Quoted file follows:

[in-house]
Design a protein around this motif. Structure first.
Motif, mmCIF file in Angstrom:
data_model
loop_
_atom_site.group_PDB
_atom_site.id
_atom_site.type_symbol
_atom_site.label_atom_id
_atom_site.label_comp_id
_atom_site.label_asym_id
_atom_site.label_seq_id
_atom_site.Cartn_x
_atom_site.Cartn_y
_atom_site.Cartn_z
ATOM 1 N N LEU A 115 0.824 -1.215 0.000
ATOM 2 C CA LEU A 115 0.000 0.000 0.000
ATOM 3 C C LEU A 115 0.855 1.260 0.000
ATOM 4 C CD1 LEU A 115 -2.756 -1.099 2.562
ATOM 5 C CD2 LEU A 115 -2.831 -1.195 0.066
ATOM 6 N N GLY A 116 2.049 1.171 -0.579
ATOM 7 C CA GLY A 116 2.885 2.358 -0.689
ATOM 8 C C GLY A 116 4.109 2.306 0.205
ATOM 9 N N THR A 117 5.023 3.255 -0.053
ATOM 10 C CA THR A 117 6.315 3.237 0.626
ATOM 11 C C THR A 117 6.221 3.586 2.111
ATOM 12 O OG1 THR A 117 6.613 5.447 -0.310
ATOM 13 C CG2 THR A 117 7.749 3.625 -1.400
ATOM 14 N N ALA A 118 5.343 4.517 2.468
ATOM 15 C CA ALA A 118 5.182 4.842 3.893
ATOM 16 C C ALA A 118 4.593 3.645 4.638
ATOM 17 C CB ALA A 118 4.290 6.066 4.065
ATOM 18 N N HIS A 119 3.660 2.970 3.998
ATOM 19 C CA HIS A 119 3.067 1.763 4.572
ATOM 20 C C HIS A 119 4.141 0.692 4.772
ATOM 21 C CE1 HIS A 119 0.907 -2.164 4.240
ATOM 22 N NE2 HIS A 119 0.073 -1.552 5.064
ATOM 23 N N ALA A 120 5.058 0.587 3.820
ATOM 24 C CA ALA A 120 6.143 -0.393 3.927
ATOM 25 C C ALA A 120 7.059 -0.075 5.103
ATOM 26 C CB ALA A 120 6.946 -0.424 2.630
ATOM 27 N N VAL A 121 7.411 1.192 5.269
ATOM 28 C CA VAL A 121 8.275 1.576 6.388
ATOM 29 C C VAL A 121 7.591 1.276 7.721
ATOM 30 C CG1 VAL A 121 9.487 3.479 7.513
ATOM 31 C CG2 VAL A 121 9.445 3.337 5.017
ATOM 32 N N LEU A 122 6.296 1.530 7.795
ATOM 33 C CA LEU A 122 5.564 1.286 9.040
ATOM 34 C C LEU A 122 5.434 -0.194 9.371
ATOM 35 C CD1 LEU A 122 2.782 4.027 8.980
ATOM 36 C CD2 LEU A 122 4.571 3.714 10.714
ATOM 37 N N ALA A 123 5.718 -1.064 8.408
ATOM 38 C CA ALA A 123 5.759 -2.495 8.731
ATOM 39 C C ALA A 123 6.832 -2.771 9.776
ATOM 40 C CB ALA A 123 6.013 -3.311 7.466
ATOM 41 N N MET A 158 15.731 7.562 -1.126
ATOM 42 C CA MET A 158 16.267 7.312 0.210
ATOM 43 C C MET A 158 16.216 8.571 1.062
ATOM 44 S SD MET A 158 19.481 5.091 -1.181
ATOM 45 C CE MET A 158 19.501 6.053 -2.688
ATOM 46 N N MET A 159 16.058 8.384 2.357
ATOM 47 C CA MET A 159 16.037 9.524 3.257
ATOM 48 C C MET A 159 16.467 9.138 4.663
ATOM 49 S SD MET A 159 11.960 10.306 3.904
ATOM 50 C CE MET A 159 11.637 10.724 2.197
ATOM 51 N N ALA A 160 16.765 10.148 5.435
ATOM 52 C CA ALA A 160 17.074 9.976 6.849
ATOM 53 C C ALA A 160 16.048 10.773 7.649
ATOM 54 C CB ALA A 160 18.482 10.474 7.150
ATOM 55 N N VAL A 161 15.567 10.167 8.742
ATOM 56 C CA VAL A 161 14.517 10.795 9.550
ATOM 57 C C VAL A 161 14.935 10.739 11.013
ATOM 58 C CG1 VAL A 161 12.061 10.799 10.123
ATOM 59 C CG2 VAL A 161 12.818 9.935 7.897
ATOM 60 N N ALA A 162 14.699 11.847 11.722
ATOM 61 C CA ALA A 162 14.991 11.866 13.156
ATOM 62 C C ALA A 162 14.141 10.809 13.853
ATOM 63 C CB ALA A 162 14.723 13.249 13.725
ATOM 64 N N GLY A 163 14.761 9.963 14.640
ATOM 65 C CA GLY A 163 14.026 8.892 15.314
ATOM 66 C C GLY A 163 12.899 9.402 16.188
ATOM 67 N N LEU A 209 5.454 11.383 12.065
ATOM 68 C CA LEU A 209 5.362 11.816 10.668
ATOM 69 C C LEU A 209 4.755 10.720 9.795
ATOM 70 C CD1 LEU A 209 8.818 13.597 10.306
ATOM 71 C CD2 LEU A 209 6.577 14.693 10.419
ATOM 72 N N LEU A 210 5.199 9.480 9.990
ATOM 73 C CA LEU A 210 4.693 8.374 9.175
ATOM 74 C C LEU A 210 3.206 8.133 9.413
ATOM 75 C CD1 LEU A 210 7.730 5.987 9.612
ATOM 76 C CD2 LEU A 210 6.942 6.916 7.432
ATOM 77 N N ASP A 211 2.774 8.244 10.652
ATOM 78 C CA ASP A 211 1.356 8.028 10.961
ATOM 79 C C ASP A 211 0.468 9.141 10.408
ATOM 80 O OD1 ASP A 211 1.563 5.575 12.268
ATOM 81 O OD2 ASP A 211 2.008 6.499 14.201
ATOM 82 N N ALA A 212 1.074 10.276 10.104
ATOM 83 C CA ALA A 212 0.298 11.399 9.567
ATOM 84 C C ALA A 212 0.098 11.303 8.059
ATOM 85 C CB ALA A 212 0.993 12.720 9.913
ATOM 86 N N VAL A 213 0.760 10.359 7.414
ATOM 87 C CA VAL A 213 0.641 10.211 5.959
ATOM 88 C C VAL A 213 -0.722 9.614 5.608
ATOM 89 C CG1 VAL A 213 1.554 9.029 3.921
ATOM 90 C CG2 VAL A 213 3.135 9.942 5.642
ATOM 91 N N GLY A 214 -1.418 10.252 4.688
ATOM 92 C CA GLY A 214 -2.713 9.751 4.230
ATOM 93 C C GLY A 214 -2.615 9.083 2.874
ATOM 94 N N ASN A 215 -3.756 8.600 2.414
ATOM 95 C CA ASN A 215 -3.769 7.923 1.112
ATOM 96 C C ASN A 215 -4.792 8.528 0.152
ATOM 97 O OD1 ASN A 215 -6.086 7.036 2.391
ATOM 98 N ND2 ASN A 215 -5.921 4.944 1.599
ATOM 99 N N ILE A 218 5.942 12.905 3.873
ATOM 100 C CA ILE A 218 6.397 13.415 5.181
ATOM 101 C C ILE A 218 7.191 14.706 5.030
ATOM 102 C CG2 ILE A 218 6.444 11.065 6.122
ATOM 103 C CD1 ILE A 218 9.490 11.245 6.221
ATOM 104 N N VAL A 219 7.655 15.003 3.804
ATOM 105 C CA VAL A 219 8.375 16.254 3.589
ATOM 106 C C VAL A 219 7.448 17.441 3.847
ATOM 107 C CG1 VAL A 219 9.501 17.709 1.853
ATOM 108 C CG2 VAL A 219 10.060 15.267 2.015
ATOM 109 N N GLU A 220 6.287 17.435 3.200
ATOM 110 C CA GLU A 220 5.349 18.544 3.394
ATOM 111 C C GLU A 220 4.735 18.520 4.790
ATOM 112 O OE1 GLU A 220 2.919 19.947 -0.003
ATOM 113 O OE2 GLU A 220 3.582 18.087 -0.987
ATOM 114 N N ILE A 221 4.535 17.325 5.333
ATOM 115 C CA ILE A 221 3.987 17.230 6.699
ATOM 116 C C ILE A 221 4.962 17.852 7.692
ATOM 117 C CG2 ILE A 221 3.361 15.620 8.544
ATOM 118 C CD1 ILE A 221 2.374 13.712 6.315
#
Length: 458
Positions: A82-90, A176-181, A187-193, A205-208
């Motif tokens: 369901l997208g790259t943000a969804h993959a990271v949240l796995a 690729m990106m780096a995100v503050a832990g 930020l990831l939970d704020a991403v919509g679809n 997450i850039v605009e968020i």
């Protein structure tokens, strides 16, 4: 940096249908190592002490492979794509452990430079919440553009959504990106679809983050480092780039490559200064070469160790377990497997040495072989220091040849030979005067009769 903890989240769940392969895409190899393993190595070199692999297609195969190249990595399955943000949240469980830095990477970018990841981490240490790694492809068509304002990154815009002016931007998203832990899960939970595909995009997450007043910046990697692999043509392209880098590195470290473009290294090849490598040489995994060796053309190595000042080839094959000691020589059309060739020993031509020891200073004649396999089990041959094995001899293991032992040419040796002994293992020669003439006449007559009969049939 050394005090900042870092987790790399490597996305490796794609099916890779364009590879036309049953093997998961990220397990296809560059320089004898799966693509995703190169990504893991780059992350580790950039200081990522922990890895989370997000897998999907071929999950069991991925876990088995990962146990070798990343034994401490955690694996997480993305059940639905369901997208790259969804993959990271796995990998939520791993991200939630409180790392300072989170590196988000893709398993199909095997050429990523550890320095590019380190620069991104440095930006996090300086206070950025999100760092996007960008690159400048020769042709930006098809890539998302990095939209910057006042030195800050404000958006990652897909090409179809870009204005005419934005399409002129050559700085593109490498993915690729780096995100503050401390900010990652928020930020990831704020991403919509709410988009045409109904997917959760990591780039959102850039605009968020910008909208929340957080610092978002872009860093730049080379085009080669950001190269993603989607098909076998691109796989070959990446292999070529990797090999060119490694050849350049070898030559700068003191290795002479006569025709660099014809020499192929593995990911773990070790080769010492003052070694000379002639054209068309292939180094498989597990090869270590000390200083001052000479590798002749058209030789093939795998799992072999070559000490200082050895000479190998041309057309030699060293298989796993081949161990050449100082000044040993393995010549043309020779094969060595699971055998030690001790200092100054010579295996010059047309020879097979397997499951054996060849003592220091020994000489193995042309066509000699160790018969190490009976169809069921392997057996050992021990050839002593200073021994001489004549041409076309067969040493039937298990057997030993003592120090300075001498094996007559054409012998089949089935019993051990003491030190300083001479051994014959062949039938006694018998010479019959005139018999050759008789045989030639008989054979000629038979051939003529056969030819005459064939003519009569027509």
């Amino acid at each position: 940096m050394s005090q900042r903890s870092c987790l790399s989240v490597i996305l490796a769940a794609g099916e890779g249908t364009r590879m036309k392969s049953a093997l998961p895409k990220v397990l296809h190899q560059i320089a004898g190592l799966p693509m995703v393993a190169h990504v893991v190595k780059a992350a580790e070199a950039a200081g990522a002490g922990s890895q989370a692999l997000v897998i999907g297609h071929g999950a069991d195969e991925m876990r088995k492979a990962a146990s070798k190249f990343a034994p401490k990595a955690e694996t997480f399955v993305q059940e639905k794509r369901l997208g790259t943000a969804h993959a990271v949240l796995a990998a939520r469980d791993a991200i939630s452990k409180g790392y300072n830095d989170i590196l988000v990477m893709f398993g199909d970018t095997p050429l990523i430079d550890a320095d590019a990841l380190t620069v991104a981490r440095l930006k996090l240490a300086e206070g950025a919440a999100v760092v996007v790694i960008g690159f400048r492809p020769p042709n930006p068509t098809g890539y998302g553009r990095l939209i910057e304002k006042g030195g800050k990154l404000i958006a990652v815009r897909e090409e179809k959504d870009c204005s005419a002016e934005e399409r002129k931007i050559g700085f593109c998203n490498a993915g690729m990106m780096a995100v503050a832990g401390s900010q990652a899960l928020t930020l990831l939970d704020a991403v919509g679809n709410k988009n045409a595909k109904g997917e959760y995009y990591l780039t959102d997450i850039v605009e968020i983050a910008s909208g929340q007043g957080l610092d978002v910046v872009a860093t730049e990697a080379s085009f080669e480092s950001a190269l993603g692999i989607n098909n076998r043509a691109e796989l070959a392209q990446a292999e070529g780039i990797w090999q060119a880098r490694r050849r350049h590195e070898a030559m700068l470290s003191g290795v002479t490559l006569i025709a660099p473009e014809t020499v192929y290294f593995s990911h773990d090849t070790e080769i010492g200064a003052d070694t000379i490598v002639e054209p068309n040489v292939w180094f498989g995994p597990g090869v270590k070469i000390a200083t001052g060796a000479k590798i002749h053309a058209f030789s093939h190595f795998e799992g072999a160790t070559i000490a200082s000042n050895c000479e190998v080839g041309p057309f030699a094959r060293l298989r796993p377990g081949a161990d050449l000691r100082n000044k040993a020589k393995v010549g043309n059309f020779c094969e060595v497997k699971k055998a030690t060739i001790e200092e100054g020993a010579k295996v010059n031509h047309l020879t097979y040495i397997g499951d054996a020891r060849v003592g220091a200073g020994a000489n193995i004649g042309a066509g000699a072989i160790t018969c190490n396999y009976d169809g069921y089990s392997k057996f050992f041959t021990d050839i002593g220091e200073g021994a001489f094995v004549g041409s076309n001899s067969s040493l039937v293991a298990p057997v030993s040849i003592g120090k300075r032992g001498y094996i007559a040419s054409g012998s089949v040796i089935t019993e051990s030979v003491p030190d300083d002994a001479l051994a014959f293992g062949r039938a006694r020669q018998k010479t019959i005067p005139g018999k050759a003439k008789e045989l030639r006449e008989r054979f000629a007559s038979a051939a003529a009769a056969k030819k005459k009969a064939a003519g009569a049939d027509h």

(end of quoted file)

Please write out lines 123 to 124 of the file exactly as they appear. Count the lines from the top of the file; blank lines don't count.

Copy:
ATOM 108 C CG2 VAL A 219 10.060 15.267 2.015
ATOM 109 N N GLU A 220 6.287 17.435 3.200